Let’s hope Bank of Ireland, reporting next week, provides a ray of hope. Otherwise, the latest Government guarantees scheme can become a risky pipe dream – good for some short-term PR, irrelevant to the long-term health of the private sector and damaging to the Exchequer risk profile.


Source: Central Bank of Ireland


This week, Minister Richard Bruton, T.D. has made a rather strange claim. Speaking to RTÉ's News, Mr Bruton said that last year's jobs budget had created 6,000 jobs in the hotel and restaurant sector. Alas, per CSO’s Quarterly National Household Survey, the official source of data on sectoral employment levels in Ireland, seasonally adjusted employment in the Accommodation and food service activities sector stood at 119,100 in Q3 2009, falling to 118,200 in Q3 2010 and to 109,700 in Q3 2011. While jobs losses in 12 months through Q3 2011 – the latest for which data is available – were incurred prior to June 2011 when the VAT cuts and PRSI reductions Minister Bruton was referring to were enacted. But even if we were to look at seasonally adjusted quarterly changes in hotel and restaurant sector employment levels, the gains in Q3 2011 were a modest 1,400 not 6,000 claimed by the Minister. In reality, any assessment of the Jobs Programme announced back in May 2010 will require much more data than just one quarter so far reported by the CSO. That, plus a more careful reading of the data by those briefing the Minister.

Sunday, February 19, 2012

19/2/2011: Wall Street Journal on EU Debt/GDP ratio

The Wall Street Journal article on EU's debt/GDP sustainability target of 120%, quoting yours truly: link

Saturday, February 18, 2012

18/2/2012: Mortgage Arrears Q4 2011

The Central bank of Ireland has published Q4 2011 stats for mortgages arrears. And it's a trend-breaking one. Not quite touching my forecast from Q3 2011 data for 114,000 mortgages at risk (see definition below), but jaw-dropping 108,603 and counting mortgages that were written off since Q34 2010 when more detailed records were first published - closer to 102,200.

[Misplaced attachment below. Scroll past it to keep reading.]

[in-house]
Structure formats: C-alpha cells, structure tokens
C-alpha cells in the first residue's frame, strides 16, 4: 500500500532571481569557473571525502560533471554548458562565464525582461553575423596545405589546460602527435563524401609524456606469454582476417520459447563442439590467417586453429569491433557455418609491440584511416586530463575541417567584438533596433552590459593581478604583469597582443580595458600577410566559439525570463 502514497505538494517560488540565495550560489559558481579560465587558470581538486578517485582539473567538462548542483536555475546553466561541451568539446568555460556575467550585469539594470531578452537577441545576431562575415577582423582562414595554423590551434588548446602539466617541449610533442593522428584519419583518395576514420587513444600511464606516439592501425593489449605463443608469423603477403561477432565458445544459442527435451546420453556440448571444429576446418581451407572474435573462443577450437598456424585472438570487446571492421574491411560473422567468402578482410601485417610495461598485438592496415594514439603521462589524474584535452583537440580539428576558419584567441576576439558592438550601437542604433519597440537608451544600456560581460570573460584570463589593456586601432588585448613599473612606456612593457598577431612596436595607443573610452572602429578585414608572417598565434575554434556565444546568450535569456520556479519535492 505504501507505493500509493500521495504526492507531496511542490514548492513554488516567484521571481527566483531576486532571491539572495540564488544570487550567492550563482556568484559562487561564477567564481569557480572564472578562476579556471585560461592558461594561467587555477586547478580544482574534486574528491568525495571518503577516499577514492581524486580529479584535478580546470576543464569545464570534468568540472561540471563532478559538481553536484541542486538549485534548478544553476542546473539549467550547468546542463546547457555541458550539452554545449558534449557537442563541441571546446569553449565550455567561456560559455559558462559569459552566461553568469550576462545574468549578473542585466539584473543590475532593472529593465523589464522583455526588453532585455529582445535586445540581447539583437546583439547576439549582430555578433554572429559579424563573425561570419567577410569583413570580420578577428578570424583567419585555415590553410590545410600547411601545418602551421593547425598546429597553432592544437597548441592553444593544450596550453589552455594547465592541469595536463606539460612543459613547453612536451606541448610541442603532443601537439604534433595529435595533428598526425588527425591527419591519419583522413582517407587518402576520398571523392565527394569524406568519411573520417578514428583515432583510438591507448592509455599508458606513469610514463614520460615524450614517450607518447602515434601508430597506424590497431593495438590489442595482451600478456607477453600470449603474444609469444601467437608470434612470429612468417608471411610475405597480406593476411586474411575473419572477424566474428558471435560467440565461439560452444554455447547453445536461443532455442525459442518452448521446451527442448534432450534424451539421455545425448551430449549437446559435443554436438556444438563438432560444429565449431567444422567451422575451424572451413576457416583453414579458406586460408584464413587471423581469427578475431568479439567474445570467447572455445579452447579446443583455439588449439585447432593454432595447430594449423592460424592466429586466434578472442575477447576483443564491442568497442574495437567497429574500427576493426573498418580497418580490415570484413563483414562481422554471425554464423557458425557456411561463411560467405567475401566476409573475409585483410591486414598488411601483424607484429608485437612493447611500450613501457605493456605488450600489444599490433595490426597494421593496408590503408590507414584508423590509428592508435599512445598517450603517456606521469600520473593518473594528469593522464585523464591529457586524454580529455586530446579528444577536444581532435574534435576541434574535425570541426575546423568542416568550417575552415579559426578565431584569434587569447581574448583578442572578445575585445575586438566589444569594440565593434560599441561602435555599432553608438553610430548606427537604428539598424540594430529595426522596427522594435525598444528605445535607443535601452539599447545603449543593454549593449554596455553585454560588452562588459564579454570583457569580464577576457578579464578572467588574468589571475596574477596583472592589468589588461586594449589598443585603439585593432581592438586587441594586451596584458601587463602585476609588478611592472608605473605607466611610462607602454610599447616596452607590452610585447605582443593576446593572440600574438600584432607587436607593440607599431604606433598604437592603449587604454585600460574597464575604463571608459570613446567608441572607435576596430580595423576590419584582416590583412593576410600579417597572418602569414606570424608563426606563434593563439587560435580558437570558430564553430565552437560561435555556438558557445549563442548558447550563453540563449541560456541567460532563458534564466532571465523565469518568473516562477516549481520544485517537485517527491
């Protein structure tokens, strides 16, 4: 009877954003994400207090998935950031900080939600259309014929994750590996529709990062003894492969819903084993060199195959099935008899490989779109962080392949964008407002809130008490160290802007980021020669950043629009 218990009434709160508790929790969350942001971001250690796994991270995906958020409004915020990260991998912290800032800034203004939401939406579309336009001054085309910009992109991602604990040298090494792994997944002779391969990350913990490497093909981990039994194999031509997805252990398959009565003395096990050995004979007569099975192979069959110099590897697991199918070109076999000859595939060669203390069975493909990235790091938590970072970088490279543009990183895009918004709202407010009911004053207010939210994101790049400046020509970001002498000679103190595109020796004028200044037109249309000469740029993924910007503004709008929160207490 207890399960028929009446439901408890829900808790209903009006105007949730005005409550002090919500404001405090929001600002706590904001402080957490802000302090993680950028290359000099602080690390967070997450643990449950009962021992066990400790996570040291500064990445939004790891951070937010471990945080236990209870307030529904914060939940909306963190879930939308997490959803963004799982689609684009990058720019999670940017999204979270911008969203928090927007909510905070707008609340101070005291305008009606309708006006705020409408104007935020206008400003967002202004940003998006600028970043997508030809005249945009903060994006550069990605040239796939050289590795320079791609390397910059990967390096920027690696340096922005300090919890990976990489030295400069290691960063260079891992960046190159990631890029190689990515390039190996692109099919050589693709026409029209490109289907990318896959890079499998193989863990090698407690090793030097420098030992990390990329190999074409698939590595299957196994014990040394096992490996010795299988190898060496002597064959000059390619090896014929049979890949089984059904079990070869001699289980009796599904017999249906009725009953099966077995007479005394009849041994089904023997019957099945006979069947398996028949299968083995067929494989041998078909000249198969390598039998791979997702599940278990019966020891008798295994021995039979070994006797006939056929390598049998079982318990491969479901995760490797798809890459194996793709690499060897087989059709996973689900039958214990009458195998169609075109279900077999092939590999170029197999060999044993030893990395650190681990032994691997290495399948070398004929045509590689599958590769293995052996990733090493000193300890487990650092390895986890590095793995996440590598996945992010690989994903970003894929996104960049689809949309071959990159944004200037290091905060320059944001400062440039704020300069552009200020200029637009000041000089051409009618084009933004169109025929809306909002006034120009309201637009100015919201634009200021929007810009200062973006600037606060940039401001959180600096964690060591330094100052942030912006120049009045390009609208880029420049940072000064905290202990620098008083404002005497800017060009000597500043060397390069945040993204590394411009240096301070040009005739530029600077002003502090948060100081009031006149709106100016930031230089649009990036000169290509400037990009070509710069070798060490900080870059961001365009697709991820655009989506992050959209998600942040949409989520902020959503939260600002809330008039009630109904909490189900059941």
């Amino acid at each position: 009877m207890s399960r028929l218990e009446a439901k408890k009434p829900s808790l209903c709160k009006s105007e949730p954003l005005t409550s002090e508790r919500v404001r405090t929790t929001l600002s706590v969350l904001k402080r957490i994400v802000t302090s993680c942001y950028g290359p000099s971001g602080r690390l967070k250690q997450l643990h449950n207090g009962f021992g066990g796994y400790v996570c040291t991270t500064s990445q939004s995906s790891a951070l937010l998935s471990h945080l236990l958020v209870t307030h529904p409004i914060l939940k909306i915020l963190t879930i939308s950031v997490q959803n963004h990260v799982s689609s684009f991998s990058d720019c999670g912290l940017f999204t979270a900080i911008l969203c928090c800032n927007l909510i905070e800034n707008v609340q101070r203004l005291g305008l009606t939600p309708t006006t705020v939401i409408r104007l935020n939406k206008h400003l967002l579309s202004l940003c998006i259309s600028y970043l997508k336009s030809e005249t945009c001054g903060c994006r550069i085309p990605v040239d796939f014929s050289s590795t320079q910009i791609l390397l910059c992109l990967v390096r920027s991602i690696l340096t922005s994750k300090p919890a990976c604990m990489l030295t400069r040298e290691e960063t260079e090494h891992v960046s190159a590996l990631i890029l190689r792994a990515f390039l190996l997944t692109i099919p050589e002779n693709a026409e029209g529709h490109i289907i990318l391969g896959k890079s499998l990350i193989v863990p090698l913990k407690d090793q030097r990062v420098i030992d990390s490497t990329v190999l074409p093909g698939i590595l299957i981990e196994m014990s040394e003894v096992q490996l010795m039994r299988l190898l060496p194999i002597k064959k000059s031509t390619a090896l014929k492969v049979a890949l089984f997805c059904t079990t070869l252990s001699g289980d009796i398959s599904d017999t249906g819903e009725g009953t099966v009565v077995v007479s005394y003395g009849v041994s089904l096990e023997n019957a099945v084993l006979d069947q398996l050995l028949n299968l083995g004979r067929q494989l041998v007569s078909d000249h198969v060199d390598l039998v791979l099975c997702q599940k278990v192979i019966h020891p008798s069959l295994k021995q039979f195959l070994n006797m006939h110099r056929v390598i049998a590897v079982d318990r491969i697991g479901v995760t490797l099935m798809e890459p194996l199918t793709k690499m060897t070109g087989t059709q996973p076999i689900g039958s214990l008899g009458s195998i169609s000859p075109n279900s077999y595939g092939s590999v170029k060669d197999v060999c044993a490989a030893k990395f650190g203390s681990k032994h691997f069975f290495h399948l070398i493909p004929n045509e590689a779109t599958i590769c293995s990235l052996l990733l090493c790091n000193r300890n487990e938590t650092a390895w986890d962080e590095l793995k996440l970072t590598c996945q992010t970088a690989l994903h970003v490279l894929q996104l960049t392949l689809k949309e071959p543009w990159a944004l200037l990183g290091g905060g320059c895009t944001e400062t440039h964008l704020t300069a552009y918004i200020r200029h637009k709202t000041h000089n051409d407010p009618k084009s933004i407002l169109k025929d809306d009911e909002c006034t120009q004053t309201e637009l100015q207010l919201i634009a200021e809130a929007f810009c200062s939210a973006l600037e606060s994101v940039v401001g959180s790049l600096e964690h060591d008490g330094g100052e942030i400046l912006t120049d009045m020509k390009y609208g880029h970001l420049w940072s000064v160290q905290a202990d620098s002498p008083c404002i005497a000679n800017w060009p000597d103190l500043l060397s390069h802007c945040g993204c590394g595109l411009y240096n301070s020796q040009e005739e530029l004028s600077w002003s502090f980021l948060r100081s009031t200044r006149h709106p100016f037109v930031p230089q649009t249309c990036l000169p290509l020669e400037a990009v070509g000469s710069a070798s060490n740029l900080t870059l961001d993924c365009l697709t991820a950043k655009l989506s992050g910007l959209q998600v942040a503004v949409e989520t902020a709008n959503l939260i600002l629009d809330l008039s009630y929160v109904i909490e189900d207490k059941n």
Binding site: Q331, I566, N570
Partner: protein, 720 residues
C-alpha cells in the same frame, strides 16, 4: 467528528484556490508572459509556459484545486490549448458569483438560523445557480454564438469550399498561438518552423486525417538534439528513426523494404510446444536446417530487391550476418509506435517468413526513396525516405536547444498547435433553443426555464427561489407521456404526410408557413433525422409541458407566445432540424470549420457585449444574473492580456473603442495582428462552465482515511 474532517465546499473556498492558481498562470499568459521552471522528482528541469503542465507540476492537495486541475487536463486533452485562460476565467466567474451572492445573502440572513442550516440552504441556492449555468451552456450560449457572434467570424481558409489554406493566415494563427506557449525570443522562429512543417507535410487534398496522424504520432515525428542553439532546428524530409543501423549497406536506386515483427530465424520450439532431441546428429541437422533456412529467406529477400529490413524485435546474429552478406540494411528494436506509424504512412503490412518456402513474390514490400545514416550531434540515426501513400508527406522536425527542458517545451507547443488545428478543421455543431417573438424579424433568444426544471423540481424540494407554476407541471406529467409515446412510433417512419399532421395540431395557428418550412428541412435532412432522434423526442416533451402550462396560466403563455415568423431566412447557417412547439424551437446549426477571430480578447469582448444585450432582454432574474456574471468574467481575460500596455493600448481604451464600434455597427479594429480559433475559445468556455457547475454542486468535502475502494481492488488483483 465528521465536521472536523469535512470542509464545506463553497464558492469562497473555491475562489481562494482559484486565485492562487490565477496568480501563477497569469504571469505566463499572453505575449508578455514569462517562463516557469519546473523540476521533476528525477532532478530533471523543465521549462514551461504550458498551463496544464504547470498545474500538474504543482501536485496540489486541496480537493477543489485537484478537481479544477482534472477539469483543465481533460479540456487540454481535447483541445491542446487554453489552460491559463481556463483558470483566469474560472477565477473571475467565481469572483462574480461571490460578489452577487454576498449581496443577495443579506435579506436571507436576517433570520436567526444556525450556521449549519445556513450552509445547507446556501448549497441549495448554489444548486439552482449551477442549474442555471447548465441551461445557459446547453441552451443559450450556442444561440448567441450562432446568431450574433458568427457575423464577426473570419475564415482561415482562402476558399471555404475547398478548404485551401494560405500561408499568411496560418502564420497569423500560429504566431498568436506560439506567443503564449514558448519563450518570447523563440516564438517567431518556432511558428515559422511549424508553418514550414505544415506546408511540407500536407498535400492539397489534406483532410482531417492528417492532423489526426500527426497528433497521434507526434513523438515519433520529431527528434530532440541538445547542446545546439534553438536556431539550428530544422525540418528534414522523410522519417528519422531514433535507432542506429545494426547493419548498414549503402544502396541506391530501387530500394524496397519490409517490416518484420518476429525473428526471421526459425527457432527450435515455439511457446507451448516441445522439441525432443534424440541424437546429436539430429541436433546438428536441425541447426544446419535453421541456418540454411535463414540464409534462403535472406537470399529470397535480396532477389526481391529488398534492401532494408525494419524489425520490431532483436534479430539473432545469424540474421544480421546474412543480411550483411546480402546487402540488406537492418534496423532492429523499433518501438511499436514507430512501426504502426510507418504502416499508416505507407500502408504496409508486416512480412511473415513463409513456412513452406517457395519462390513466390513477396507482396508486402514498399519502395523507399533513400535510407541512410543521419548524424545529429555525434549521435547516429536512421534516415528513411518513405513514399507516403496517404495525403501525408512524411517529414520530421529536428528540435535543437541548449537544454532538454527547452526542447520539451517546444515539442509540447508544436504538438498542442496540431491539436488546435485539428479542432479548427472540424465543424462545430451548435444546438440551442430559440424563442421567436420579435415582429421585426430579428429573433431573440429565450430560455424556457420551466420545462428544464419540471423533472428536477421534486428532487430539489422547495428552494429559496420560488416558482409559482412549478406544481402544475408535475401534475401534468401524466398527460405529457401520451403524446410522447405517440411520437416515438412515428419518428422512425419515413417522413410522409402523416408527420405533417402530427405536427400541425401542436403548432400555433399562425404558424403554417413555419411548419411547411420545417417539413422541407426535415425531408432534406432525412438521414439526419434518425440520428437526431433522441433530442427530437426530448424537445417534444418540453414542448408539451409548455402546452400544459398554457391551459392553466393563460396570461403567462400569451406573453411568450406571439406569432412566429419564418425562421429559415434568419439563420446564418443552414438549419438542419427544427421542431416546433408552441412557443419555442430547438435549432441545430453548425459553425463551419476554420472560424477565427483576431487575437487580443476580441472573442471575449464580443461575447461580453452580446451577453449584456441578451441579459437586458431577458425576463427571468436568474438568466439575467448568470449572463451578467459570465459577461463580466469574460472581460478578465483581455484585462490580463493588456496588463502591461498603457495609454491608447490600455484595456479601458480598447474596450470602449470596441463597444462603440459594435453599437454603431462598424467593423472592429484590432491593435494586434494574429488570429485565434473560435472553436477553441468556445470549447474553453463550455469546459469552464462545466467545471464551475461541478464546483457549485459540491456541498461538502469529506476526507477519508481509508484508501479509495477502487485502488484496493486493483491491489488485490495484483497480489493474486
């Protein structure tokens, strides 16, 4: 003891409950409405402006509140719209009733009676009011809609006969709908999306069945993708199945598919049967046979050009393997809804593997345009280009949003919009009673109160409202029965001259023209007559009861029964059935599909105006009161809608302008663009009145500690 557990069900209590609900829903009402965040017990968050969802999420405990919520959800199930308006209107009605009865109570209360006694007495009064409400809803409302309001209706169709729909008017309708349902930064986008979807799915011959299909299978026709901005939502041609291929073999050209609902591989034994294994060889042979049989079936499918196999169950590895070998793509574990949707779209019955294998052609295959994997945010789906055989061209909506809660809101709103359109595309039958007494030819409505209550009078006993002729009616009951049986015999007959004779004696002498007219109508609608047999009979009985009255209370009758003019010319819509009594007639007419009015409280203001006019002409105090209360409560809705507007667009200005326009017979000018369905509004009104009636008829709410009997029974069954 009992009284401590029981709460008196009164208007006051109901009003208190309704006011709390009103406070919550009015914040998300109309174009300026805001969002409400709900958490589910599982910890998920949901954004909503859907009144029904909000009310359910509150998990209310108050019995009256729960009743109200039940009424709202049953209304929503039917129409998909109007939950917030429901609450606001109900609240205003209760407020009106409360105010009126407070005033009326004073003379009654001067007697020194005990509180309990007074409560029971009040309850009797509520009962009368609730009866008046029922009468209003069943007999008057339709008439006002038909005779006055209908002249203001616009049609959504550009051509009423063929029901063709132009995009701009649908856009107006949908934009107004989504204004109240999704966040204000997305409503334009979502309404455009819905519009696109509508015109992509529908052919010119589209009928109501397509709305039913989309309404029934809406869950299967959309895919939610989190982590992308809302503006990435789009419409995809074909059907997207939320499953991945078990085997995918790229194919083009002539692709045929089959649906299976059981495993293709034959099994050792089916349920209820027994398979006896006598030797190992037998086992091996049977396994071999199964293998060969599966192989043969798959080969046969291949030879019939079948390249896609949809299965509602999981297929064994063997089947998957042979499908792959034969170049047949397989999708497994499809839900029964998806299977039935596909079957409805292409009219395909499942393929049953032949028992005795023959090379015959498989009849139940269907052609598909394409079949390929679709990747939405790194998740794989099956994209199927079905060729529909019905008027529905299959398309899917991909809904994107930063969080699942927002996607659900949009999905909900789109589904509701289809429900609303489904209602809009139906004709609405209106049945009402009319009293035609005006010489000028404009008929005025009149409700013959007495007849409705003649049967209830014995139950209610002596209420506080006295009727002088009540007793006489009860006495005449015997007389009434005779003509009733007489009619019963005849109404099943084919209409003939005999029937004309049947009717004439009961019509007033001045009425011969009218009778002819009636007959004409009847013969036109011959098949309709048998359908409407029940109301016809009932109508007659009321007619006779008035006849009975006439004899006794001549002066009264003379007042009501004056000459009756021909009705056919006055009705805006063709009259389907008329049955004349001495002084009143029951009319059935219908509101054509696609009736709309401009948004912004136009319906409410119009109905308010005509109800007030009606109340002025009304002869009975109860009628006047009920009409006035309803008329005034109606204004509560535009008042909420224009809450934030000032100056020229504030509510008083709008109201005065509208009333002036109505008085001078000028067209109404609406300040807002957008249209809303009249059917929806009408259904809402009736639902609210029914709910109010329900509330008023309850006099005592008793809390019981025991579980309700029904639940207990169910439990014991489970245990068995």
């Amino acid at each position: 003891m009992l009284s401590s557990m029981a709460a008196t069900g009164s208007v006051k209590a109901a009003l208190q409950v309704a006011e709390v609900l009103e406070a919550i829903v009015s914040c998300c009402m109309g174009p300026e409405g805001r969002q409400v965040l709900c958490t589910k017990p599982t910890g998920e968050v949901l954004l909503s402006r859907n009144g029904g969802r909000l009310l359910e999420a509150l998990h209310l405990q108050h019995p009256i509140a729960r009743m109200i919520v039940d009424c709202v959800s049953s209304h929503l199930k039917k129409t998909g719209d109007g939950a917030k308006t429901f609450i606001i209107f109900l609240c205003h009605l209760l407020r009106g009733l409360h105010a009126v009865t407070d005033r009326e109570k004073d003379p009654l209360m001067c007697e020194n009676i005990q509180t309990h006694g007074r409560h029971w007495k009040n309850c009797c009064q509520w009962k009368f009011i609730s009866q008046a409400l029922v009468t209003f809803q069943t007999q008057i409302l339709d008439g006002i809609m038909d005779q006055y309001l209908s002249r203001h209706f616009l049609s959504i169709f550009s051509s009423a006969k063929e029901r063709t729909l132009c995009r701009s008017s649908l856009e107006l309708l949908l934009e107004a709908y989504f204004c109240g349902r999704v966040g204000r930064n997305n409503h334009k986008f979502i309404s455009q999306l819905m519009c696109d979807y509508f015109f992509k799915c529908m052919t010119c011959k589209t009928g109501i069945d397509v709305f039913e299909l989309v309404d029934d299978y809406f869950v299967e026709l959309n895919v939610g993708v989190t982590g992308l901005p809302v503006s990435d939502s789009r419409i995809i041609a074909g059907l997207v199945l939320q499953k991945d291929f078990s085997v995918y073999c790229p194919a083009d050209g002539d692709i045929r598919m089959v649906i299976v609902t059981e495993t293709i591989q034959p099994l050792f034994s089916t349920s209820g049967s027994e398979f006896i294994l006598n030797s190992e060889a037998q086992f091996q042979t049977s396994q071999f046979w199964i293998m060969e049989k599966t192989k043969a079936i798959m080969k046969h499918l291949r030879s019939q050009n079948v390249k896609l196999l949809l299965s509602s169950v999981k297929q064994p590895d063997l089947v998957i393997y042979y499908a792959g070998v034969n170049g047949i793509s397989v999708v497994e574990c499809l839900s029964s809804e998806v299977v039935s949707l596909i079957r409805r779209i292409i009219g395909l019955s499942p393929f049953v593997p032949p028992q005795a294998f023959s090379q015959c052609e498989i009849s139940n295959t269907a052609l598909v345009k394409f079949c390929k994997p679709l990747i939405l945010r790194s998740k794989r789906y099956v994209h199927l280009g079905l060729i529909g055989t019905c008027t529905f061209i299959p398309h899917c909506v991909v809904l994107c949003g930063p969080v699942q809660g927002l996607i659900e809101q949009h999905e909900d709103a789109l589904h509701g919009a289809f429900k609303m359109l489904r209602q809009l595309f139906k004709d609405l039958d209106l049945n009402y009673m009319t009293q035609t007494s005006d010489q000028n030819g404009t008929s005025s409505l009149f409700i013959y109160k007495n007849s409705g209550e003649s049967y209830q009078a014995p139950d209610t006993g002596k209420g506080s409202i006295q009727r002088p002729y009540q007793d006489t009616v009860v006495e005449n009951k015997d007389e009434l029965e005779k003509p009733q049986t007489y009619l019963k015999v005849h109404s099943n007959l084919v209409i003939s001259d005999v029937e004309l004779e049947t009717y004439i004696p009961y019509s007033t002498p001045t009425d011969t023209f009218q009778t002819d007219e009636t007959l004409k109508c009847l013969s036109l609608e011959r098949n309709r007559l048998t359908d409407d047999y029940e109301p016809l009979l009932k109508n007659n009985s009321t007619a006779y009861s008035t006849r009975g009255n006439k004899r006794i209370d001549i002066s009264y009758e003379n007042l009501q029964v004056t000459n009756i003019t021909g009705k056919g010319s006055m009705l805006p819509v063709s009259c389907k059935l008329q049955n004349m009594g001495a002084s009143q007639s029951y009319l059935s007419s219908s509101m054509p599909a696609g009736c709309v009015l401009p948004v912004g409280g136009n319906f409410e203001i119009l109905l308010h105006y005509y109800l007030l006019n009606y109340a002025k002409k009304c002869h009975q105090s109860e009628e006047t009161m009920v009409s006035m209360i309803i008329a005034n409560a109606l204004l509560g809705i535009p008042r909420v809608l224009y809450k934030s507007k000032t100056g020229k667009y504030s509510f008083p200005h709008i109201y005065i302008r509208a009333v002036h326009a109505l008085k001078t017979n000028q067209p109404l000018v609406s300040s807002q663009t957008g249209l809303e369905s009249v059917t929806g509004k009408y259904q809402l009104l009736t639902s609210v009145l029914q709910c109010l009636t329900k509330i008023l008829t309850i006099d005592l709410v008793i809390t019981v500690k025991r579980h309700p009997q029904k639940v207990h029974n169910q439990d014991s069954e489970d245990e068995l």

Now, let me run through the core details of the data.

The number of outstanding mortgages accounts has fallen from 786,745 in Q4 2010 to 768,917 in Q4 2011 - a drop of 2.19% or 17,247. In previous quarter, yoy decline in mortgages numbers was 1.94% or 15,325. The outstanding balance of mortgages has dropped from €116,683.25 mln in Q4 2010 to €113,477.28 mln in Q4 2011, so yoy Q4 2011 decrease in mortgages balances was 2.75%, against 2.55% decrease yoy in Q3 2011.

Of all mortgages, 17,825 mortgages were in arrears 91-180 days in Q4 2011, an increase of 7.39% qoq and 35.35% yoy. In Q3 2011, qoq increase in same type of mortgages was 5.6% and yoy increase was 33.62%. So the rate of mortgages in arrears 91-180 days category is accelerating in qoq and yoy terms. Mortgages in arrears 91-180 days have accounted for €3,273.8 mln in Q4 2011, which is 7.02% ahead of Q3 2011 and 34.37% ahead of Q4 2010. This means than we are now seeing smaller mortgages (in absolute size) on average entering into arrears. Amounts of arrears in this category rose 10.04% qoq and 13.61% yoy in Q4 2011 to €89.15 mln. This represents another acceleration from Q3 deterioration.

Mortgages in arrears over 180 days (usually seen as mortgages that are extremely highly unlikely to ever rise from the ashes) now stand at 53,086 up 14.5% qoq and 69.4% yoy. Yep, that right, in Q4 2010 there were just 31,338 mortgages in this category. Compare these dynamics to Q3 2011 when same category of mortgages in arrears rose 15.8% qoq and 65.32% yoy. So the dynamics are slightly shallower on qoq but are sharper yoy. Balance of all mortgages in arrears over 180 days now stands at €10,667.02mln - up 14.56% qoq and 72.34% yoy. The dynamics are very much the same as with the number of mortgages - qoq slightly slower growth, yoy accelerating growth.

So total number of mortgages over 90 days in arrears is now 70,911, up 12.61% qoq and 59.32% yoy. In Q3 2011 the quarterly rate of increase in these mortgages was 12.92% and yoy increase was 55.59%. Balance of all mortgages over 90 days in arrears is now €13,490.8mln - up 12.7% qoq and 61.62% yoy, compared to Q3 2011 increase of 14.14% qoq and 58.69% increase yoy. Total amount of arrears registered is €1,117.12mln which is 12.7% ahead of Q3 2011 and 61.62% higher than Q4 2010.